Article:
Thursday, 30 August 2012
The Myth of Spending Big : Justified?
Transfers are an integral part of football. No doubt. But the outlook this phenomenon has assumed over the years is quite worrying.
Football's transfer fee figures have gone bonkers in recent years. Cristiano Ronaldo's transfer fee alone( £80M )can be used to buy eleven players to form a team. Who knows, if ever Messi gets to leave Barcelona, his would probably be able to buy a whole club.
Here's a trend I've observed: The common philosophy that has become entrenched amongst especially the top clubs in the world is ''the necessity to buy for the sake of competition''. This is has somehow also become intrinsically linked to spending big, more often than not, for the very sake of it.
The reality is that, buying a player who already has a 'name' and 'reputation'(in other words, 'big names') does not guarantee anything. It only comes with a high percentage of possible success/impact, but that percentage is not a 100. Therefore We are all aware of how certain players make high profile moves, and flop tragically, inflicting a loss upon the buying club. Off the top of my head, Ibrahimovic to Barca two seasons ago.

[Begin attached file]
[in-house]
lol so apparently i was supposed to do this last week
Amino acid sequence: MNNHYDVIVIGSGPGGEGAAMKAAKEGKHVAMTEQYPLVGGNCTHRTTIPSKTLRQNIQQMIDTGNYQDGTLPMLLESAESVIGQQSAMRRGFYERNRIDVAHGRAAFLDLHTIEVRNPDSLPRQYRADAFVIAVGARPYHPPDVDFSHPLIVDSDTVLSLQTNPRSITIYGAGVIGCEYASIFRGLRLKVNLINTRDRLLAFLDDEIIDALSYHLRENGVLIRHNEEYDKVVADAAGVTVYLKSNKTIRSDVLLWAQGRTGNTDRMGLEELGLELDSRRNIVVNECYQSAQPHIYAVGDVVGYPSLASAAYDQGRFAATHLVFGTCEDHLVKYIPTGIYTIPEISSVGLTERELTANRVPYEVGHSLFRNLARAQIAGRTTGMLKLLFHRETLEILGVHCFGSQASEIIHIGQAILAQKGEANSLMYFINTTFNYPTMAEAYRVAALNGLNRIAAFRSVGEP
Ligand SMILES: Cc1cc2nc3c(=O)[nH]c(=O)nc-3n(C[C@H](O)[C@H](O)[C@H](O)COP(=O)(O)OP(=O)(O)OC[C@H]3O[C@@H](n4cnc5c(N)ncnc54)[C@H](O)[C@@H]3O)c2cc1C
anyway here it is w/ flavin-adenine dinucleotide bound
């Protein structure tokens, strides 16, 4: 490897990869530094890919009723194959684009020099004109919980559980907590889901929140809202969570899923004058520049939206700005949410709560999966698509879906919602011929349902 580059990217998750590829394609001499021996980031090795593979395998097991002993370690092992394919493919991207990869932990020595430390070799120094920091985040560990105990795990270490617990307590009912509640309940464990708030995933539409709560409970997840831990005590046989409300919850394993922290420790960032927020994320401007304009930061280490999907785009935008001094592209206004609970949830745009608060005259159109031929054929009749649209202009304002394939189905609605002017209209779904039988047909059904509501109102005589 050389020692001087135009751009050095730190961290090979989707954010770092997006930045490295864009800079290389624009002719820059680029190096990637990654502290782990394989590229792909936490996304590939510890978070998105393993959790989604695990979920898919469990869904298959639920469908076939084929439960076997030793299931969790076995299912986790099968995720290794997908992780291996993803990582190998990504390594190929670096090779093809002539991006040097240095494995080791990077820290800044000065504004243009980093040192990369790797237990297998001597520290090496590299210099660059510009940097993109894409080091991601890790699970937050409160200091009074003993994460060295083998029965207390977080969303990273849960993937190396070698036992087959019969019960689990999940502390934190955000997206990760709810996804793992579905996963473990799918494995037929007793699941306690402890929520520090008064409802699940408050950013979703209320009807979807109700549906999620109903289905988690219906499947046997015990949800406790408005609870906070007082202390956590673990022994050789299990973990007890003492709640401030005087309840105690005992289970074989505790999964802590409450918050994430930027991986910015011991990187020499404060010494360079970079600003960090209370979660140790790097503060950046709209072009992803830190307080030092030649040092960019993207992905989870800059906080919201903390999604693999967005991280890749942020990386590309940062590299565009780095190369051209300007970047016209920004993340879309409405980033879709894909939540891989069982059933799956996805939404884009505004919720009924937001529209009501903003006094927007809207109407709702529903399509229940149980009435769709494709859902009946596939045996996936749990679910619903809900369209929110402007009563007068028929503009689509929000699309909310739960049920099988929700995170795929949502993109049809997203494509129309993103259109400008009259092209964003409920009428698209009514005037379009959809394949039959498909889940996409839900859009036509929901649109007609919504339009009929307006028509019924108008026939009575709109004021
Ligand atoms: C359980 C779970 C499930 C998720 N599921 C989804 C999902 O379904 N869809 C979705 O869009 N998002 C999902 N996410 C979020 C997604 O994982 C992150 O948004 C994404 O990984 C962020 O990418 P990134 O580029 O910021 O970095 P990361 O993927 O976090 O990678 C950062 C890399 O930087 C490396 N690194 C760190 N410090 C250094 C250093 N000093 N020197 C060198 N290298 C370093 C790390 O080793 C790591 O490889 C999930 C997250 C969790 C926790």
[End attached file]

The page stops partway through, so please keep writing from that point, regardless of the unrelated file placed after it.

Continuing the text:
What does this say? For me, the deduction is resounding. Every transfer whatsoever is a fundamental gamble. You can buy an expensive who might either hit the ground running or not, likewise a 'cheap' player. So with this known, why do clubs prefer splashing the cash when there is an option which makes financial sense?
Why buy, say a 'big name striker' for £25M, when you can have a decent, probably younger goal scorer for about £5M. Why risk wasting money when there is a possibility of saving money/getting value for money? There are exceptional talented players dotted across Europe's neglected leagues who are hungry for success, hardworking, and eager to learn. Won't spending less on such players be better than spending on stars who are most probably egotistical and relatively lazy?
Over the years, there have been players who have proved to be immense signings even after being bought at ridiculously low prices. Infact, that is an unfair way to put it, those are bargains. Lets not even travel far back, Take Papisse Cisse for example, or Demba Ba, or, wait, Michu! How much were they bought for? All under £10M. Look at the impact they have had/are having on their clubs. You need not to be told honestly. .